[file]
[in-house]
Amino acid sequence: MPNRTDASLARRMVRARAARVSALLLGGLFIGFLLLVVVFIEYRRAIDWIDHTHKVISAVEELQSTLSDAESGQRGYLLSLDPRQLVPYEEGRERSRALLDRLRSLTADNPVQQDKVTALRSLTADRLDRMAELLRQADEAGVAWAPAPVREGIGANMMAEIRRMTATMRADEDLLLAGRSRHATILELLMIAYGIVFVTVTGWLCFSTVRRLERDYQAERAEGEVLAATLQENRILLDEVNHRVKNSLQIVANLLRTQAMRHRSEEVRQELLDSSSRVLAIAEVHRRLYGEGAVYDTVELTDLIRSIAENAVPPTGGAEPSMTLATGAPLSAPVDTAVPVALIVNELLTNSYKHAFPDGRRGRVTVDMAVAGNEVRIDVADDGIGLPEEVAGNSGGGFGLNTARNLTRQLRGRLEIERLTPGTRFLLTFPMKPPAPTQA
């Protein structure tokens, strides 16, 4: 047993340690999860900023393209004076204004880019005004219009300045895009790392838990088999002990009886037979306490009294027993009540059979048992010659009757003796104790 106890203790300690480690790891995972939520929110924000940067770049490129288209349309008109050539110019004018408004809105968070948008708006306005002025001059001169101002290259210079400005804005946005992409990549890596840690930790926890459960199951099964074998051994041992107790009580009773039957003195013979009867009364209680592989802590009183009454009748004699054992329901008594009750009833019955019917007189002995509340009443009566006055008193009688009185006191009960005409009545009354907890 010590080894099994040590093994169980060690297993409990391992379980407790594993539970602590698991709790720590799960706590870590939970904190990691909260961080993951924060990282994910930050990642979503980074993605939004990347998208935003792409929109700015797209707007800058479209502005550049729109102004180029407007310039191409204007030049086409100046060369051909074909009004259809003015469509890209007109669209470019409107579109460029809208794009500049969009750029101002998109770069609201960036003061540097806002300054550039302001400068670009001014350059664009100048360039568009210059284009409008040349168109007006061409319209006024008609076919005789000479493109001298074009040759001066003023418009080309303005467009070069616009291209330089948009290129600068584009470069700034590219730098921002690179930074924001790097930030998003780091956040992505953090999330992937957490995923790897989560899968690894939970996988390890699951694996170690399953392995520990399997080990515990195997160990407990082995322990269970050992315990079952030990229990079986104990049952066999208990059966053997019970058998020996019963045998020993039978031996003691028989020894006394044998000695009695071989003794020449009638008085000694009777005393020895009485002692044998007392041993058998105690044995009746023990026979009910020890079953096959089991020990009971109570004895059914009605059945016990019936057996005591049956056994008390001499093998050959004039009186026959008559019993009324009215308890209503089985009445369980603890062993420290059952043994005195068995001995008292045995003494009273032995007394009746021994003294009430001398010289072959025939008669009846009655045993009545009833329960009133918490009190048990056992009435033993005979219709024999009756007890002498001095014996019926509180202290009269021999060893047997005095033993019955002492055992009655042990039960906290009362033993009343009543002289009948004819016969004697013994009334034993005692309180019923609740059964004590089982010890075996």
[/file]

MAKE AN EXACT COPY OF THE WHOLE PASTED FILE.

[in-house]
Amino acid sequence: MPNRTDASLARRMVRARAARVSALLLGGLFIGFLLLVVVFIEYRRAIDWIDHTHKVISAVEELQSTLSDAESGQRGYLLSLDPRQLVPYEEGRERSRALLDRLRSLTADNPVQQDKVTALRSLTADRLDRMAELLRQADEAGVAWAPAPVREGIGANMMAEIRRMTATMRADEDLLLAGRSRHATILELLMIAYGIVFVTVTGWLCFSTVRRLERDYQAERAEGEVLAATLQENRILLDEVNHRVKNSLQIVANLLRTQAMRHRSEEVRQELLDSSSRVLAIAEVHRRLYGEGAVYDTVELTDLIRSIAENAVPPTGGAEPSMTLATGAPLSAPVDTAVPVALIVNELLTNSYKHAFPDGRRGRVTVDMAVAGNEVRIDVADDGIGLPEEVAGNSGGGFGLNTARNLTRQLRGRLEIERLTPGTRFLLTFPMKPPAPTQA
């Protein structure tokens, strides 16, 4: 047993340690999860900023393209004076204004880019005004219009300045895009790392838990088999002990009886037979306490009294027993009540059979048992010659009757003796104790 106890203790300690480690790891995972939520929110924000940067770049490129288209349309008109050539110019004018408004809105968070948008708006306005002025001059001169101002290259210079400005804005946005992409990549890596840690930790926890459960199951099964074998051994041992107790009580009773039957003195013979009867009364209680592989802590009183009454009748004699054992329901008594009750009833019955019917007189002995509340009443009566006055008193009688009185006191009960005409009545009354907890 010590080894099994040590093994169980060690297993409990391992379980407790594993539970602590698991709790720590799960706590870590939970904190990691909260961080993951924060990282994910930050990642979503980074993605939004990347998208935003792409929109700015797209707007800058479209502005550049729109102004180029407007310039191409204007030049086409100046060369051909074909009004259809003015469509890209007109669209470019409107579109460029809208794009500049969009750029101002998109770069609201960036003061540097806002300054550039302001400068670009001014350059664009100048360039568009210059284009409008040349168109007006061409319209006024008609076919005789000479493109001298074009040759001066003023418009080309303005467009070069616009291209330089948009290129600068584009470069700034590219730098921002690179930074924001790097930030998003780091956040992505953090999330992937957490995923790897989560899968690894939970996988390890699951694996170690399953392995520990399997080990515990195997160990407990082995322990269970050992315990079952030990229990079986104990049952066999208990059966053997019970058998020996019963045998020993039978031996003691028989020894006394044998000695009695071989003794020449009638008085000694009777005393020895009485002692044998007392041993058998105690044995009746023990026979009910020890079953096959089991020990009971109570004895059914009605059945016990019936057996005591049956056994008390001499093998050959004039009186026959008559019993009324009215308890209503089985009445369980603890062993420290059952043994005195068995001995008292045995003494009273032995007394009746021994003294009430001398010289072959025939008669009846009655045993009545009833329960009133918490009190048990056992009435033993005979219709024999009756007890002498001095014996019926509180202290009269021999060893047997005095033993019955002492055992009655042990039960906290009362033993009343009543002289009948004819016969004697013994009334034993005692309180019923609740059964004590089982010890075996």